The Old Ways by Robert Macfarlane for my birthday in November from a brother who shares my interest in walking and walking in Britain in particular. I loved it, though I definitely liked some chapters better than others. Also, this is one of those books that is best read one chapter and at time--meaning, read a chapter, digest it, give the book a rest for a day or two, then read another chapter. Each chapter is too distinct, and each locale with its stories, people, history, and landscape deserves its own space to be enjoyed, pondered, and absorbed. That's the way I read the book anyway.
Macfarlane has an immense vocabulary, and I found myself reaching for my iphone to look up words regularly. I also found myself looking up the artists, writers, voyagers, and other notable personalities that figure throughout the book. In particular, he charts the course of Edward Thomas, a WWI English poet, who I had never heard of, despite being a friend of Robert Frost and as such intimately tied to the creation of Frost's great poem, The Road Not Taken.
I had assumed I would come away from reading The Old Ways with a list of walks that I had to do. While I did garner a couple for my list, most of the walks were in places too remote or too strenous for the likes of me.
I loved Macfarlane's turn of phrase and felt that his eloquent weaving of words made the reading of this book well worth the effort.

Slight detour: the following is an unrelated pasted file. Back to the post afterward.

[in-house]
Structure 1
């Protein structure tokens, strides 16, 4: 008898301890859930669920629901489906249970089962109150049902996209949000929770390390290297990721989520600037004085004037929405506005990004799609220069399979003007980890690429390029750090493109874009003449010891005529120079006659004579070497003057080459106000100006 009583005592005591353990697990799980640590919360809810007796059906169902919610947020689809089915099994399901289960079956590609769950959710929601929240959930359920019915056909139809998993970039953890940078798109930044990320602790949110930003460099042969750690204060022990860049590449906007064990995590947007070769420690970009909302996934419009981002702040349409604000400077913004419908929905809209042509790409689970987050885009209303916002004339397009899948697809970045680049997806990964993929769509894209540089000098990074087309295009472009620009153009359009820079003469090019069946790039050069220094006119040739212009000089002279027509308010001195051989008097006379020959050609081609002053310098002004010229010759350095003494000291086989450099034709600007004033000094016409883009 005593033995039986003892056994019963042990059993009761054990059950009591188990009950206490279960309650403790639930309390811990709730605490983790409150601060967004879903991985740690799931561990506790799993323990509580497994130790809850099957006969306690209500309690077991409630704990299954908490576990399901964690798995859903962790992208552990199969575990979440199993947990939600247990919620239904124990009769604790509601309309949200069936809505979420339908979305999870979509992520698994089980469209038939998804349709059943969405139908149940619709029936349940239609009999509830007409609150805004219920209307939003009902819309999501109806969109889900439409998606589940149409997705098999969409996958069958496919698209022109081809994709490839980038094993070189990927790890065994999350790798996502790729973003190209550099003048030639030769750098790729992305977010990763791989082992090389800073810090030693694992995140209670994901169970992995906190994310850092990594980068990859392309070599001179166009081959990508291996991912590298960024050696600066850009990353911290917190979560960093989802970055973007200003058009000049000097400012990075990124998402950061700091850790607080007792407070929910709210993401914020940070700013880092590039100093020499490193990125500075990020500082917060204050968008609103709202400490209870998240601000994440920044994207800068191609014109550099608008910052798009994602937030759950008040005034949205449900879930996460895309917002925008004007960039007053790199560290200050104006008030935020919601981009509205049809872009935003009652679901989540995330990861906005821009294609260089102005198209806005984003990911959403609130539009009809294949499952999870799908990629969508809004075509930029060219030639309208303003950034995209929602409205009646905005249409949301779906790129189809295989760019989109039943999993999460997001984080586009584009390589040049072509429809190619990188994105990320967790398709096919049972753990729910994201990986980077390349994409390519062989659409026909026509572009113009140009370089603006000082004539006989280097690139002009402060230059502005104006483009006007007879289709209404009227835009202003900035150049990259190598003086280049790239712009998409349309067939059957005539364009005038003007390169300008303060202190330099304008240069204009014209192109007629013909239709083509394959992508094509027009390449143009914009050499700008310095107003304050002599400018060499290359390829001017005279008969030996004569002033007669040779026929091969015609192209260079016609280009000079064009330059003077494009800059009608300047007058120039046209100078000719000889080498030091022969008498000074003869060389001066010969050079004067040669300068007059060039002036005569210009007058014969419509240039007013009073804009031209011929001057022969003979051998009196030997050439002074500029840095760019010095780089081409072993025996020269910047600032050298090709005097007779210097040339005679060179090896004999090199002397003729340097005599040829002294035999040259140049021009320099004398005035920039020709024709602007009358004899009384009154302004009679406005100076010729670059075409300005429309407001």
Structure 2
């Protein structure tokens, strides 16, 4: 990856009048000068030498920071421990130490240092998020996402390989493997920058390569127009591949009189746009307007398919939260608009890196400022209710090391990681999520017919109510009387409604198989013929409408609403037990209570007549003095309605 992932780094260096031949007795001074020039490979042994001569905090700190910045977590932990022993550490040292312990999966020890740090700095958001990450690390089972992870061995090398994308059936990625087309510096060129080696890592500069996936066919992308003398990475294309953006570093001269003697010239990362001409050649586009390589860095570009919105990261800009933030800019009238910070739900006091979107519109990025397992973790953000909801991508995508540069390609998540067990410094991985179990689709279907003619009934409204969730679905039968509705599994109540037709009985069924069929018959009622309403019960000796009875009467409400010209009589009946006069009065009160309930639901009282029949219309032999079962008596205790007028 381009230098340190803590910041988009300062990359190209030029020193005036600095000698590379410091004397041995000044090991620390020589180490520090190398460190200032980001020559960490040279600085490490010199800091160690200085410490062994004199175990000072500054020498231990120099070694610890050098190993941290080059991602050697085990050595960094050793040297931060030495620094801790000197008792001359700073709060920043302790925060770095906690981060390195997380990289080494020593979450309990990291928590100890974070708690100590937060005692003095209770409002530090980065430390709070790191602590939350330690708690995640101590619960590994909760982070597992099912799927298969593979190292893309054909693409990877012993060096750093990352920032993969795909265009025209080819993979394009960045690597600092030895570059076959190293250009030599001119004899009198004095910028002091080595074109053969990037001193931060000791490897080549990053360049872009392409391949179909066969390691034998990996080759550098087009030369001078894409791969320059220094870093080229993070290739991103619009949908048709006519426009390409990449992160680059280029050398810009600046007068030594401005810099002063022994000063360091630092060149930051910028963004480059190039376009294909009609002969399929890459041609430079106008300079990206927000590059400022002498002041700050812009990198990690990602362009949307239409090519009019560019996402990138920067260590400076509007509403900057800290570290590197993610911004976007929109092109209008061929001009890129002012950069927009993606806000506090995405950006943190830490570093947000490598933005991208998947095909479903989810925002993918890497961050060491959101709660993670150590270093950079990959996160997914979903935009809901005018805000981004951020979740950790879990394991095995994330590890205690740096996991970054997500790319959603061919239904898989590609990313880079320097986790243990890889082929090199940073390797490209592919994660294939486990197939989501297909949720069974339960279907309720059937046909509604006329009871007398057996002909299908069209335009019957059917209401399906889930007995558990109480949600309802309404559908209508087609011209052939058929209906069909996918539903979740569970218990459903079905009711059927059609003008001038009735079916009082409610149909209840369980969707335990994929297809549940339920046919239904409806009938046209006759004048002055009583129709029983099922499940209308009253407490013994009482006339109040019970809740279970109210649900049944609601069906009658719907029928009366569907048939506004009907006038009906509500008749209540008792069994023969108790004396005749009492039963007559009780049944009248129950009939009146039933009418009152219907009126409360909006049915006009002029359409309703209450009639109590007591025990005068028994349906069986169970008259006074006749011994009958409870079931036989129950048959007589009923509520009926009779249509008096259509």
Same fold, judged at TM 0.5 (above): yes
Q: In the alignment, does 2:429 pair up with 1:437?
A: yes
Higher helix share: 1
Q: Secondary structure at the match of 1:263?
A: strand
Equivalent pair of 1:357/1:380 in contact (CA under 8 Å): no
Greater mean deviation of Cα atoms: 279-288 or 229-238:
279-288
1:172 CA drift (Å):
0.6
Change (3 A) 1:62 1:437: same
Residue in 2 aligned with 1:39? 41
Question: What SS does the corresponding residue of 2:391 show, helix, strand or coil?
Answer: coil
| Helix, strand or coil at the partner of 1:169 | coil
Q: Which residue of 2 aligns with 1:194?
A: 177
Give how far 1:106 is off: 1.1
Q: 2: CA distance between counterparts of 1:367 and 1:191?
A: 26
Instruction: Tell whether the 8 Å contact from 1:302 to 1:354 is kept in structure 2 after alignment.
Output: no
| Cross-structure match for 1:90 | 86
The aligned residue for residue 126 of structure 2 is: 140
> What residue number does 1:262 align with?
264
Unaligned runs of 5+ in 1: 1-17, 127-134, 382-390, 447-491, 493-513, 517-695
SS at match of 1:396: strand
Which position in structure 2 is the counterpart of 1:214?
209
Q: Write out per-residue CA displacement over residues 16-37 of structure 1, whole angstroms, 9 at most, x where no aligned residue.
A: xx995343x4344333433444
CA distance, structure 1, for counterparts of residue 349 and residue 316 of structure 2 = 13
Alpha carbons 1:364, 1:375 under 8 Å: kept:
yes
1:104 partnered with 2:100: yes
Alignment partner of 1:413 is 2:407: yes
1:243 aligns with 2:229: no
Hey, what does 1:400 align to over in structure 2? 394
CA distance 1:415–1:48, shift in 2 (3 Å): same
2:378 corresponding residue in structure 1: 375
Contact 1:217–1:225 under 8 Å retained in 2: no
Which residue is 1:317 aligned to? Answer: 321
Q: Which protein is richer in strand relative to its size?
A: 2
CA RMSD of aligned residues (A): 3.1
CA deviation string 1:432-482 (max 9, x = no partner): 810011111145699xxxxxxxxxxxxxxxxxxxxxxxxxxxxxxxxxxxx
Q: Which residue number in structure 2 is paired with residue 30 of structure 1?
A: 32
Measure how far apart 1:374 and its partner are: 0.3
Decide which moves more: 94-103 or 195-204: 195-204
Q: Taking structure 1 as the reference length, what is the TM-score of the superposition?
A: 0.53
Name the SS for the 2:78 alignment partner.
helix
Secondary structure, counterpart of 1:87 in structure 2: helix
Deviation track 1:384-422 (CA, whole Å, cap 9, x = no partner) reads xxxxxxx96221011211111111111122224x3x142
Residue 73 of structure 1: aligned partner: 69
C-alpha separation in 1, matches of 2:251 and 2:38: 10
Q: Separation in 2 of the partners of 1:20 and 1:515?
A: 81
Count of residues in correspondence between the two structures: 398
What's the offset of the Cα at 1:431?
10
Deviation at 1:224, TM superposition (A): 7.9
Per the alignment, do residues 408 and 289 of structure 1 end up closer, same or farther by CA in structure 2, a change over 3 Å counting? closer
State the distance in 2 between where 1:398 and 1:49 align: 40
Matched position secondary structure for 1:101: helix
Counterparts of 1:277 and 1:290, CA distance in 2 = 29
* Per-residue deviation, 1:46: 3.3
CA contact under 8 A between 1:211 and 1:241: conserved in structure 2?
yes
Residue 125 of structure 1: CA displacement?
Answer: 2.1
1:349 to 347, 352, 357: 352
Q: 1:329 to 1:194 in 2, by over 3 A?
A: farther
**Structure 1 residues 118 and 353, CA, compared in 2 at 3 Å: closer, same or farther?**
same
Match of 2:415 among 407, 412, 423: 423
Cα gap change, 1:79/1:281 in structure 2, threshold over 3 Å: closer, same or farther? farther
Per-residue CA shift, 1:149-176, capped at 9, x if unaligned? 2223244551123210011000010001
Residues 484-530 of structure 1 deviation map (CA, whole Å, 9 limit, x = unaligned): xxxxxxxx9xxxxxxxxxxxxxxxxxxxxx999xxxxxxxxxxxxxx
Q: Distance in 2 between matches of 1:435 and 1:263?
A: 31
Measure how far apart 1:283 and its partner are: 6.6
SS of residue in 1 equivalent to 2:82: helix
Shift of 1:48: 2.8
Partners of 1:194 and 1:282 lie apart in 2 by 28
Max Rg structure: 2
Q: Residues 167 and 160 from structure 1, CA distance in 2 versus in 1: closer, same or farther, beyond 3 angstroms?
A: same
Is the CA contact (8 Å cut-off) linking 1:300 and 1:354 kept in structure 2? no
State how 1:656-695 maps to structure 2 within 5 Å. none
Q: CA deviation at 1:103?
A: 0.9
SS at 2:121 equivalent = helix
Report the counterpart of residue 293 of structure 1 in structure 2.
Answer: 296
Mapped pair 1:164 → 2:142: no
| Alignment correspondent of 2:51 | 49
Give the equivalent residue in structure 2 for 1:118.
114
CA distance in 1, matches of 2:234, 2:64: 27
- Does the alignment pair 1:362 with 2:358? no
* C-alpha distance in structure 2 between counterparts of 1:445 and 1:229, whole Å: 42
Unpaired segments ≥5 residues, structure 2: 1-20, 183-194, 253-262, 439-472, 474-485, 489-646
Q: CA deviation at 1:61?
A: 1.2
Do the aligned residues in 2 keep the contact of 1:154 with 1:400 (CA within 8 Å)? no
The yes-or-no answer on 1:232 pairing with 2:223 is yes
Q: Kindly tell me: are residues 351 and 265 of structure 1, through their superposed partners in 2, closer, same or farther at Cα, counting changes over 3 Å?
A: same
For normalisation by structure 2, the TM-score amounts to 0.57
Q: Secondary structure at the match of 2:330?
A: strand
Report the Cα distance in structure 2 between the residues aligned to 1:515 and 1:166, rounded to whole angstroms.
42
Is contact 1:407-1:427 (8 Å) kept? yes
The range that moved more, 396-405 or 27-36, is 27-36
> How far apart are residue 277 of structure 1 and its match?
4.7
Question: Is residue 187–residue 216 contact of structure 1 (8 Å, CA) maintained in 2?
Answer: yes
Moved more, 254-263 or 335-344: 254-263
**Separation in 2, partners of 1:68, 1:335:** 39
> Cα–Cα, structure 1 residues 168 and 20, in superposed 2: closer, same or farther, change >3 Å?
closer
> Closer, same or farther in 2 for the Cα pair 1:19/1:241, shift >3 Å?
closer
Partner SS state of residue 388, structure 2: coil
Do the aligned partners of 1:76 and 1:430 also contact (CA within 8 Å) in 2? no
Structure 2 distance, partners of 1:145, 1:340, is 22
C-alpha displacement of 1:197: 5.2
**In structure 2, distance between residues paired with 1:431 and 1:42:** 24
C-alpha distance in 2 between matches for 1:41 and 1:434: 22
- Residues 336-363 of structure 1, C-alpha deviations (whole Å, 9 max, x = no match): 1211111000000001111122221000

In the chapter titled "Granite," Macfarlane talks about Nan Shepherd's book The Living Mountain, which I've ordered from Amazon for reading later this year, and he says:
On foot for hour after hour, wrote Shepherd, one 'walks the flesh transparent'. 'On the mountain,' she remarks in the closing sentences of The Living Mountain, 'I am beyond desire. It is not ecstasy...I am not out of myself, but in myself. I am.' This was her version of Descartes's cognito: I walk therefore I am. She celebrated the metaphysical rhythm of the pedestrian, the iamb of the 'I am', the beat of the placed and lifted foot.
I love that--the metaphysical rhythm of the pedestrian--the iamb of the 'I am'--the beat of the placed and lifted foot.
It's like breathing.
If you're not up for a whole book like this, I suggest this wonderful article by Macfarlane, published in The Guardian, June 2012: Rites of way: behind the pilgrimage revival
It's a great article in and of itself, but also encapsulates some of the themes and ideas explored more fully in The Old Ways.